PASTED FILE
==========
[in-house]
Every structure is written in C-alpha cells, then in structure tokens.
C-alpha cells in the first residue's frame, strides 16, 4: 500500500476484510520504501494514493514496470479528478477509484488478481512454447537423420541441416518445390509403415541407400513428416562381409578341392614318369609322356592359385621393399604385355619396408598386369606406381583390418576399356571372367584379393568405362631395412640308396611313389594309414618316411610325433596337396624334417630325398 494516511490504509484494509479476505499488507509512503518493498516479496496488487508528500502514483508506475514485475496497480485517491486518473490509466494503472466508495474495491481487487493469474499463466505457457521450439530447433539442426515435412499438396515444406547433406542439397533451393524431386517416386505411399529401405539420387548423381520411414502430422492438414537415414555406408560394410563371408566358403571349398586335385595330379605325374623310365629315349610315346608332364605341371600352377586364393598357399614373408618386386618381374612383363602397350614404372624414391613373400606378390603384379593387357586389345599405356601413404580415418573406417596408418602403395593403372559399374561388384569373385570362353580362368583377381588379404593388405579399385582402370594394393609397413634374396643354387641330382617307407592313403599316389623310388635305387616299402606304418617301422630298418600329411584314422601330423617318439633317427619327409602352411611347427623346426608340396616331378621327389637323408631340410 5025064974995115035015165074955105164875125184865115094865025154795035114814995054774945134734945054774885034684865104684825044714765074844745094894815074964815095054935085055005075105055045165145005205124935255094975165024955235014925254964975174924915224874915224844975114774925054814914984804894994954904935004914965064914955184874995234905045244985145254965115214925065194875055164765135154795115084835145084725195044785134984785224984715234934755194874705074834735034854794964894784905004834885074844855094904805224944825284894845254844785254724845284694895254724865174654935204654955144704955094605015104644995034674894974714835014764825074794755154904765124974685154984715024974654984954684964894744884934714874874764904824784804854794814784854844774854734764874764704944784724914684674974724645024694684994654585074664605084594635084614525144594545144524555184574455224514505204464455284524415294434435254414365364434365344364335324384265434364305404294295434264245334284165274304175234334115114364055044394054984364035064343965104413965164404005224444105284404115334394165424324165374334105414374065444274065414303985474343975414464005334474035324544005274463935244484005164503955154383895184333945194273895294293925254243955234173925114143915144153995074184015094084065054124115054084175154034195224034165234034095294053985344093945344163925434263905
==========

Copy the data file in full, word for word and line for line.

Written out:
[in-house]
Every structure is written in C-alpha cells, then in structure tokens.
C-alpha cells in the first residue's frame, strides 16, 4: 500500500476484510520504501494514493514496470479528478477509484488478481512454447537423420541441416518445390509403415541407400513428416562381409578341392614318369609322356592359385621393399604385355619396408598386369606406381583390418576399356571372367584379393568405362631395412640308396611313389594309414618316411610325433596337396624334417630325398 494516511490504509484494509479476505499488507509512503518493498516479496496488487508528500502514483508506475514485475496497480485517491486518473490509466494503472466508495474495491481487487493469474499463466505457457521450439530447433539442426515435412499438396515444406547433406542439397533451393524431386517416386505411399529401405539420387548423381520411414502430422492438414537415414555406408560394410563371408566358403571349398586335385595330379605325374623310365629315349610315346608332364605341371600352377586364393598357399614373408618386386618381374612383363602397350614404372624414391613373400606378390603384379593387357586389345599405356601413404580415418573406417596408418602403395593403372559399374561388384569373385570362353580362368583377381588379404593388405579399385582402370594394393609397413634374396643354387641330382617307407592313403599316389623310388635305387616299402606304418617301422630298418600329411584314422601330423617318439633317427619327409602352411611347427623346426608340396616331378621327389637323408631340410 5025064974995115035015165074955105164875125184865115094865025154795035114814995054774945134734945054774885034684865104684825044714765074844745094894815074964815095054935085055005075105055045165145005205124935255094975165024955235014925254964975174924915224874915224844975114774925054814914984804894994954904935004914965064914955184874995234905045244985145254965115214925065194875055164765135154795115084835145084725195044785134984785224984715234934755194874705074834735034854794964894784905004834885074844855094904805224944825284894845254844785254724845284694895254724865174654935204654955144704955094605015104644995034674894974714835014764825074794755154904765124974685154984715024974654984954684964894744884934714874874764904824784804854794814784854844774854734764874764704944784724914684674974724645024694684994654585074664605084594635084614525144594545144524555184574455224514505204464455284524415294434435254414365364434365344364335324384265434364305404294295434264245334284165274304175234334115114364055044394054984364035064343965104413965164404005224444105284404115334394165424324165374334105414374065444274065414303985474343975414464005334474035324544005274463935244484005164503955154383895184333945194273895294293925254243955234173925114143915144153995074184015094084065054124115054084175154034195224034165234034095294053985344093945344163925434263905